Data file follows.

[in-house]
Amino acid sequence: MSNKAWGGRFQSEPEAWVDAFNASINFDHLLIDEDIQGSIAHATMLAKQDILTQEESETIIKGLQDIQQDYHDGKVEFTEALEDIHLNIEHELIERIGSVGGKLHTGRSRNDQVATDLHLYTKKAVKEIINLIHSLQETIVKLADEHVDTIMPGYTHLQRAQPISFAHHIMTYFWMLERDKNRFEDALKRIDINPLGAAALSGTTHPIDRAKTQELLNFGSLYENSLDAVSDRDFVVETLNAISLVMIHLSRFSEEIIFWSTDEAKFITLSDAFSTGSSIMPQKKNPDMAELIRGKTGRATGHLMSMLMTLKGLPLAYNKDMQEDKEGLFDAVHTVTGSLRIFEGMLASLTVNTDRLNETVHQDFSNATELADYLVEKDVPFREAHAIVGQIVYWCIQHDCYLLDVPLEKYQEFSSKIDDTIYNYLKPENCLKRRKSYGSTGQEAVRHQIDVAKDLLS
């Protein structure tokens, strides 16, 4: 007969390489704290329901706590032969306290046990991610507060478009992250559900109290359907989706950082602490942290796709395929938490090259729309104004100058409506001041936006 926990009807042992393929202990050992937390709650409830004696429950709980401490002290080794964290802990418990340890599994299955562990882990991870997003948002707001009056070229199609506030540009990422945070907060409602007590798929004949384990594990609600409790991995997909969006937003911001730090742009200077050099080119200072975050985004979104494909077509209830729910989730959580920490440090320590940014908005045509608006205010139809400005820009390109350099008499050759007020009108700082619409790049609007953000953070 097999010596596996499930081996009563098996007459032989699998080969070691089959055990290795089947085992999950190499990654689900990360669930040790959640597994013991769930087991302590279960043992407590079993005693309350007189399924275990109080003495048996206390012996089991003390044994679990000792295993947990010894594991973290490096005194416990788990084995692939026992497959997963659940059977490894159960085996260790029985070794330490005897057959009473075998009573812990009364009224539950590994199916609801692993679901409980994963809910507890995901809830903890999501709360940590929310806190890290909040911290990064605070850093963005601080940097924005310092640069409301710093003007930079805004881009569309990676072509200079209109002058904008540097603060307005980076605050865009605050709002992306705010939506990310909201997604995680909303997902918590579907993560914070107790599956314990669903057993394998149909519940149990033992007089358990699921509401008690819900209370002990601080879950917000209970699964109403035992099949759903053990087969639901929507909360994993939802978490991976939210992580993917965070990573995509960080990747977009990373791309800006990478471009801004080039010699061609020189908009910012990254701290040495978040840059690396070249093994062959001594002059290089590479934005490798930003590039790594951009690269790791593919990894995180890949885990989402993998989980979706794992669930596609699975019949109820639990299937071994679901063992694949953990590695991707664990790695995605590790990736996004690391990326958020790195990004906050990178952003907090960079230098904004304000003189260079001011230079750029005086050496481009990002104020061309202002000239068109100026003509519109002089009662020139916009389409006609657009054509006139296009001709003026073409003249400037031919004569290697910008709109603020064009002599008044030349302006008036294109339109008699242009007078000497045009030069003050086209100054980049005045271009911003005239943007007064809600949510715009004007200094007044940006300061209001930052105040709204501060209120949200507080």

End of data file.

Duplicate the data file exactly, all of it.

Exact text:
[in-house]
Amino acid sequence: MSNKAWGGRFQSEPEAWVDAFNASINFDHLLIDEDIQGSIAHATMLAKQDILTQEESETIIKGLQDIQQDYHDGKVEFTEALEDIHLNIEHELIERIGSVGGKLHTGRSRNDQVATDLHLYTKKAVKEIINLIHSLQETIVKLADEHVDTIMPGYTHLQRAQPISFAHHIMTYFWMLERDKNRFEDALKRIDINPLGAAALSGTTHPIDRAKTQELLNFGSLYENSLDAVSDRDFVVETLNAISLVMIHLSRFSEEIIFWSTDEAKFITLSDAFSTGSSIMPQKKNPDMAELIRGKTGRATGHLMSMLMTLKGLPLAYNKDMQEDKEGLFDAVHTVTGSLRIFEGMLASLTVNTDRLNETVHQDFSNATELADYLVEKDVPFREAHAIVGQIVYWCIQHDCYLLDVPLEKYQEFSSKIDDTIYNYLKPENCLKRRKSYGSTGQEAVRHQIDVAKDLLS
């Protein structure tokens, strides 16, 4: 007969390489704290329901706590032969306290046990991610507060478009992250559900109290359907989706950082602490942290796709395929938490090259729309104004100058409506001041936006 926990009807042992393929202990050992937390709650409830004696429950709980401490002290080794964290802990418990340890599994299955562990882990991870997003948002707001009056070229199609506030540009990422945070907060409602007590798929004949384990594990609600409790991995997909969006937003911001730090742009200077050099080119200072975050985004979104494909077509209830729910989730959580920490440090320590940014908005045509608006205010139809400005820009390109350099008499050759007020009108700082619409790049609007953000953070 097999010596596996499930081996009563098996007459032989699998080969070691089959055990290795089947085992999950190499990654689900990360669930040790959640597994013991769930087991302590279960043992407590079993005693309350007189399924275990109080003495048996206390012996089991003390044994679990000792295993947990010894594991973290490096005194416990788990084995692939026992497959997963659940059977490894159960085996260790029985070794330490005897057959009473075998009573812990009364009224539950590994199916609801692993679901409980994963809910507890995901809830903890999501709360940590929310806190890290909040911290990064605070850093963005601080940097924005310092640069409301710093003007930079805004881009569309990676072509200079209109002058904008540097603060307005980076605050865009605050709002992306705010939506990310909201997604995680909303997902918590579907993560914070107790599956314990669903057993394998149909519940149990033992007089358990699921509401008690819900209370002990601080879950917000209970699964109403035992099949759903053990087969639901929507909360994993939802978490991976939210992580993917965070990573995509960080990747977009990373791309800006990478471009801004080039010699061609020189908009910012990254701290040495978040840059690396070249093994062959001594002059290089590479934005490798930003590039790594951009690269790791593919990894995180890949885990989402993998989980979706794992669930596609699975019949109820639990299937071994679901063992694949953990590695991707664990790695995605590790990736996004690391990326958020790195990004906050990178952003907090960079230098904004304000003189260079001011230079750029005086050496481009990002104020061309202002000239068109100026003509519109002089009662020139916009389409006609657009054509006139296009001709003026073409003249400037031919004569290697910008709109603020064009002599008044030349302006008036294109339109008699242009007078000497045009030069003050086209100054980049005045271009911003005239943007007064809600949510715009004007200094007044940006300061209001930052105040709204501060209120949200507080």